Upcoming Field Trips

Golden Gate Audubon offers more than 100 field trips annually for birders of all levels. Our trips explore local areas from Golden Gate Park to the East Bay shoreline and hills, as well as such wildlife-rich destinations as California’s Central Valley and the Sierra Nevada.

We also sponsor trips to other parts of the U.S. and to international destinations, including Latin America, Africa, and Australia. Field trips are led by experienced birders who are passionate in sharing their knowledge of birds and their habitats. See our Travel with GGAS page for upcoming travel opportunities.  

Local trips are free, except for any park entrance fees. Advance reservations may be necessary. It is advisable to confirm with the trip leader that a trip will take place as planned, especially if inclement weather is expected. Reports of recent and past field trips are on these pages.

For questions about individual field trips, contact the leaders. If you cannot reach a leader, contact 510-843-2222 or email volunteer@goldengateaudubon.org.

We encourage people to share rides to field trips! See the bottom of this page for information about our friendly, easy-to-use GGAS carpool group.


 

Field Trips

February 1st, 2017
 

Penn Hughes’ third Wednesday bird walk will return 

 

Corona Heights, San Francisco
Friday, February 17, 8 — 10 a.m.
(Third Friday bird walk)
Brian Fitch; Dominik Mosur, polskatata@yahoo.com (Leaders vary by month.)                 

We will enjoy views of the city and bay as we circle Corona Heights, checking the east canyon woodland and north forest for residents and migrants, as well as monitoring the hilltop scrub and south cliff. Change due to parking lot closure: Meet on Museum Way, outside of the closed Randall Museum parking area.  Those who drive to the event should park on Roosevelt Way and walk the short distance down Museum Way. Although the Randall has temporarily moved to new quarters during renovation, this monthly walk will continue to meet at the Museum Way location. Google map: https://goo.gl/maps/nji7XAvpnbM2 

 

UCSF Mt Sutro Open Space Preserve, San Francisco
Saturday February 18, 8:15 – ~11 a.m.
Pat Greene, cell (415) 481-5469pjgreene@sonic.net

The UCSF Mt Sutro OSP is a 61 acre fragment of the more than 2000 acres of trees planted by Adolf Sutro in the late 19th century (http://sutrostewards.org/page/trail-map). We’ll walk ~2 miles, with gradual climbs and descents on mostly well-graded trails (with a few rocky spots). If it has been rainy, be prepared for muddy trails. We’ll look and listen for resident and wintering birds. The OSP is the focus of a new push by UCSF to manage the ‘forest’ for greater habitat diversity in the future. The Sutro Stewards are already utilizing openings in the forest for conservation planting.  Heavy Rain and/or strong wind cancels; please email Pat Greene, pjgreene@sonic.net for last minute updates or changes.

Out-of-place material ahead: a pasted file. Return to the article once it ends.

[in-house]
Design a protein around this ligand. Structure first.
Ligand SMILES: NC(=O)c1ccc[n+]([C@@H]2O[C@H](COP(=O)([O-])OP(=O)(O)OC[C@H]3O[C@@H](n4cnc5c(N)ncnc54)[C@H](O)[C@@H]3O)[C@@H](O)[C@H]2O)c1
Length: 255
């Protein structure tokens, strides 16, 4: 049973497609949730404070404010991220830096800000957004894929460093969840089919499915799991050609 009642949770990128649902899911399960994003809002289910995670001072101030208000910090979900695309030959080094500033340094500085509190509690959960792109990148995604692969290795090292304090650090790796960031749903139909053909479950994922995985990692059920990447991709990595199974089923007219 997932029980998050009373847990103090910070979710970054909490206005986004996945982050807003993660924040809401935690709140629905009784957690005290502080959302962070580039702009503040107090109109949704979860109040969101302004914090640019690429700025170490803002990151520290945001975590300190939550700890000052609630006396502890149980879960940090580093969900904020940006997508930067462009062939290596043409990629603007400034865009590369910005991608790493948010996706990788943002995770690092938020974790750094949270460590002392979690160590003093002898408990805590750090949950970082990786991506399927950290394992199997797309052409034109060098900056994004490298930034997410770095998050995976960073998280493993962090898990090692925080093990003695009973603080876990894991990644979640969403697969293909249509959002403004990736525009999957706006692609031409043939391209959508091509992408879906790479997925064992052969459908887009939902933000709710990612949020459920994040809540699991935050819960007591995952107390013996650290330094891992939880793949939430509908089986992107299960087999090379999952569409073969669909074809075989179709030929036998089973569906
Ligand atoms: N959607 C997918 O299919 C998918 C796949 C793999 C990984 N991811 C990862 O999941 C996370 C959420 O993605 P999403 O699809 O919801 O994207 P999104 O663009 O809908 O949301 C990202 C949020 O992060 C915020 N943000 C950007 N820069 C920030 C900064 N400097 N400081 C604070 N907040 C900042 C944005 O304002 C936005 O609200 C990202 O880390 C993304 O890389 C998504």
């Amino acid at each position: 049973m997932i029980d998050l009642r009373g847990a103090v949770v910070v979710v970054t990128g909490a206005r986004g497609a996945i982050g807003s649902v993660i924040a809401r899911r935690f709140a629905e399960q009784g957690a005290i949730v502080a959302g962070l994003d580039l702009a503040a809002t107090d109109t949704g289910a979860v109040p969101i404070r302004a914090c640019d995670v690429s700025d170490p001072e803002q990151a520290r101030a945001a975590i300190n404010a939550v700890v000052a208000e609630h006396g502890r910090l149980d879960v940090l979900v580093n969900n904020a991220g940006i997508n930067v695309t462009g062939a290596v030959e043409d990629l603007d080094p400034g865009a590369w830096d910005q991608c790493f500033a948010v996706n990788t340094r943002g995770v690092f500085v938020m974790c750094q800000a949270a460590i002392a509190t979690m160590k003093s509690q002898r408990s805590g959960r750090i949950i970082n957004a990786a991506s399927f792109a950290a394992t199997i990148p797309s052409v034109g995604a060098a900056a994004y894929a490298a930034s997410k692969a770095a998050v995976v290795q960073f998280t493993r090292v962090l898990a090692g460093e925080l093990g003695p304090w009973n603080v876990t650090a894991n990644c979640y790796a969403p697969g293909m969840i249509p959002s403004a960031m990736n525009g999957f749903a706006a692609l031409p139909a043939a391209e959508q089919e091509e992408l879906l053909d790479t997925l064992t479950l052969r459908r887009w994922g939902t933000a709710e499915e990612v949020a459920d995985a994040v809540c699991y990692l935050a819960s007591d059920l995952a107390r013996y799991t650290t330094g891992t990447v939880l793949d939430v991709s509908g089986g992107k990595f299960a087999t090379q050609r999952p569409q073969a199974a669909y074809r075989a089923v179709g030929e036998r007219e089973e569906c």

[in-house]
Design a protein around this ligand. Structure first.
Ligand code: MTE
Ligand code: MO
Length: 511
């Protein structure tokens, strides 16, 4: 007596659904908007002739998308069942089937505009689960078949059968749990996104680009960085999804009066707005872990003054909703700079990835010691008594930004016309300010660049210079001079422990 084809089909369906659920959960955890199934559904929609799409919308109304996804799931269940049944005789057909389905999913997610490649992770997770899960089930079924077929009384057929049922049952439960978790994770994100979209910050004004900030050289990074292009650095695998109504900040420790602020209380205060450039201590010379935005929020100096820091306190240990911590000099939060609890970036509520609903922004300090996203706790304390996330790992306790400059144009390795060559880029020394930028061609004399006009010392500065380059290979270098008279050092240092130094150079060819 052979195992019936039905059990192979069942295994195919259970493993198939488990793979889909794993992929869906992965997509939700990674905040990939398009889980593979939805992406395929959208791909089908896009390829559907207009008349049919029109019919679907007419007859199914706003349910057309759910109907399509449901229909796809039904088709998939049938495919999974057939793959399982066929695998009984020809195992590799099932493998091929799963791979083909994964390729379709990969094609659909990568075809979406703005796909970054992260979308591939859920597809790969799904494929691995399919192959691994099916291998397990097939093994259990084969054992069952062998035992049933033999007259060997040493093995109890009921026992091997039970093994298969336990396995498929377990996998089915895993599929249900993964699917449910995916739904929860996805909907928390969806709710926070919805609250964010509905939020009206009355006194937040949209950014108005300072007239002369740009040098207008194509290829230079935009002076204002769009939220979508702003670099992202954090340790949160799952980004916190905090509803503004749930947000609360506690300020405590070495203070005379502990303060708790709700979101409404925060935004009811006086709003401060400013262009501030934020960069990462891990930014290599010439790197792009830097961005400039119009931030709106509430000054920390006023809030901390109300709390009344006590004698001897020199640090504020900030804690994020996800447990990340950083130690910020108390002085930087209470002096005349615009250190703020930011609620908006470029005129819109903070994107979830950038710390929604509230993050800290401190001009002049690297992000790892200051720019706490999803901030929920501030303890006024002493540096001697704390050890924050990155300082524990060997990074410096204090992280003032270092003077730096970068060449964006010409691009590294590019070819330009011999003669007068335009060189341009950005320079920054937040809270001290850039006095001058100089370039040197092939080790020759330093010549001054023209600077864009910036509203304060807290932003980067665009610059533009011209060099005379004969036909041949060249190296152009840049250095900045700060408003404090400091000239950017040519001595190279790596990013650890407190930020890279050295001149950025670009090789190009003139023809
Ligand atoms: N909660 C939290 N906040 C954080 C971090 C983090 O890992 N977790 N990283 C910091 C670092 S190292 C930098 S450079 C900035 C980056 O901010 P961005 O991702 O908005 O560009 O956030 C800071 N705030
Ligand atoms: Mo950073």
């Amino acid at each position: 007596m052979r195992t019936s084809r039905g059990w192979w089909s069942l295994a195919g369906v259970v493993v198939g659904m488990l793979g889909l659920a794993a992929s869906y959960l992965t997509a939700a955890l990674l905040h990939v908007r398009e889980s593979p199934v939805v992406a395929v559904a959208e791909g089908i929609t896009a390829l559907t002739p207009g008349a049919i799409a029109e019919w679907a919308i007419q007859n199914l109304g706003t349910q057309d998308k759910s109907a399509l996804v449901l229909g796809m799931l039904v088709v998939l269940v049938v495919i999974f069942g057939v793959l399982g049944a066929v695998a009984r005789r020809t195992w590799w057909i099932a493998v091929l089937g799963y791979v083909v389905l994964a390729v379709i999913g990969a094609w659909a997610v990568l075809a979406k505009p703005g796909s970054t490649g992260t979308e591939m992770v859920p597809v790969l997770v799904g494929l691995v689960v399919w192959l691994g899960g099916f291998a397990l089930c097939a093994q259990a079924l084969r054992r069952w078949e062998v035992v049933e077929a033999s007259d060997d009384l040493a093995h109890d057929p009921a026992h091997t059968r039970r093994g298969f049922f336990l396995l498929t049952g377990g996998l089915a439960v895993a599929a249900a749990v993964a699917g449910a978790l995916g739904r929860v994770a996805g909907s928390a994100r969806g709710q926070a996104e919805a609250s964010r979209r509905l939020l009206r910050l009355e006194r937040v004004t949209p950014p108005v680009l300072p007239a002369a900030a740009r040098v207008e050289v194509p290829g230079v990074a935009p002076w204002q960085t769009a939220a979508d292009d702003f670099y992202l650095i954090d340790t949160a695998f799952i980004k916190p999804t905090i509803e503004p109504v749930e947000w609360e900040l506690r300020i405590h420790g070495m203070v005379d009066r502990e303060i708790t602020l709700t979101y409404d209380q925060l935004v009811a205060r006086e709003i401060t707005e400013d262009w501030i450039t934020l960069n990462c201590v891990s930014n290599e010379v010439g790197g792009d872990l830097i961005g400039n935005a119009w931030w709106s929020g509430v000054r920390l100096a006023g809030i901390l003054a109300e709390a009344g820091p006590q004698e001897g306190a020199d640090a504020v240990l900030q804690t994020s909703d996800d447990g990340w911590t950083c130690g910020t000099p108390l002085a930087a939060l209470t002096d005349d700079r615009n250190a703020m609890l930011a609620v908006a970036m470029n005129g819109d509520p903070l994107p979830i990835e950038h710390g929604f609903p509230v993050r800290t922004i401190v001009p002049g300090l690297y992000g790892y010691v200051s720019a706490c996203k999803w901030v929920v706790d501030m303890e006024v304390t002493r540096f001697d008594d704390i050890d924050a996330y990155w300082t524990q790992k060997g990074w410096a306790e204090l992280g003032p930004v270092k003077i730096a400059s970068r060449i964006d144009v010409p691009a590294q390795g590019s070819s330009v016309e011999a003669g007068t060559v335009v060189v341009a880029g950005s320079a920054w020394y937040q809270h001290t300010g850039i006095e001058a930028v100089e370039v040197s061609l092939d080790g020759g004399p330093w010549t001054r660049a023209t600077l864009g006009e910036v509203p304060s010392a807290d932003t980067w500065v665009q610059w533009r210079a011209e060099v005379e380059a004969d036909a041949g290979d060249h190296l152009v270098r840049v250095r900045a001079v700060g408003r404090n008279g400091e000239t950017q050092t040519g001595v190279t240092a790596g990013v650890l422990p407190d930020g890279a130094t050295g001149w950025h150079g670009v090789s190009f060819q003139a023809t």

Meet at Woods Lot, 100 Medical Center Way, at 8:15  (https://goo.gl/maps/EFpDnBnkkST2).  Note that two events are meeting in this lot on Feb 18. Please meet at the far end of the lot to join this walk.

Driving directions to the Woods Lot: from Clarendon, turn on Johnstone Drive into UCSF Aldea Housing, turn R on Johnstone Drive, and continue downhill to a wooden shelter for the UCSF Shuttle Stop; turn right into Woods Lot (https://goo.gl/maps/EFpDnBnkkST2). From Parnassus, turn onto Medical Center Way, go uphill past the obvious Surge Lot entrance on the left, Woods lot driveway is an obscure driveway immediately after Surge Lot. There is a restroom at Aldea Community Center (https://goo.gl/maps/tQskG8A7WoR2), 155 Johnstone Way (on the left at the Johnstone-Medical Center Way intersection). Please allow extra time if you need to use this facility before the start of the walk.

UCSF can be reached by public transit: N Judah light rail, and 43, 6 and 66 buses. Then you hike uphill along Medical Center Way to the meeting place.

 

Fort Mason Community Garden, San Francisco
Sunday, February 19, 8:00 — 10:00 a.m.
(Third Sunday bird walk)
David Assmann, david_assmann@yahoo.com

Meet in front of the Community Garden to explore several different habitats in this compact part of GGNRA. In February we’ll try to find this year’s special overwintering species,the Bullock’s Oriole, the Orchard Oriole, the White-Throated Sparrow and the Nashville Warbler. The morning high tide at 5:24 means we’ll have a small chance of finding a Wandering Tattler, and we’ll look for ducks, grebes and loons as well at Aquatic Park. Three woodpecker species could be in the park. We’ll also look for the earliest of our migrants – the Allen’s Hummingbird, which shows up by February. Restroom in meadow, ample parking if there is no race on the waterfront (also easily accessible by transit). Heavy rain cancels.

Google Maps link: http://goo.gl/maps/RKZwU

 

MLK, Jr. Regional Shoreline, Arrowhead Marsh/Garretson Point, Oakland
Monday, February 20, 8:30 am to 11:30 am−noon
Maureen Lahiff, MLahiff@aol.com, 510.484.6529

We’ll start at Arrowhead Marsh, where we’ll listen and look for Ridgway’s Rails, Sora, and Virginia Rails. After exploring this area, we’ll drive to Garretson Point, to enjoy the ducks, grebes and waterbirds on the bay and in the seasonal wetland across from the parking lot, then walk to the bridge over Damon Slough, where the tide will be going out, to see shorebirds feeding on the mudflats. This is a great place to see at least some of the birds fairly close up, and a rewarding place to bird for both beginners and experienced folks. It’s a great place for families, as they can easily leave the trip at any time the kids (or adults) have had enough for the day.There are restrooms and water available near Garretson Point and at Arrowhead Marsh. The parking lot for Arrowhead Marsh is reached from Swan Way. From I-880, take Hegenberger Road towards the Oakland Airport. Turn right onto Pardee after crossing a creek, left on Swan Way at the end of Pardee, then right at the Arrowhead Marsh sign and drive to the end of the road. (If you miss Pardee, keep going to Doolittle, turn right and then right on Swan Way and left into MLK Regional Shoreline.)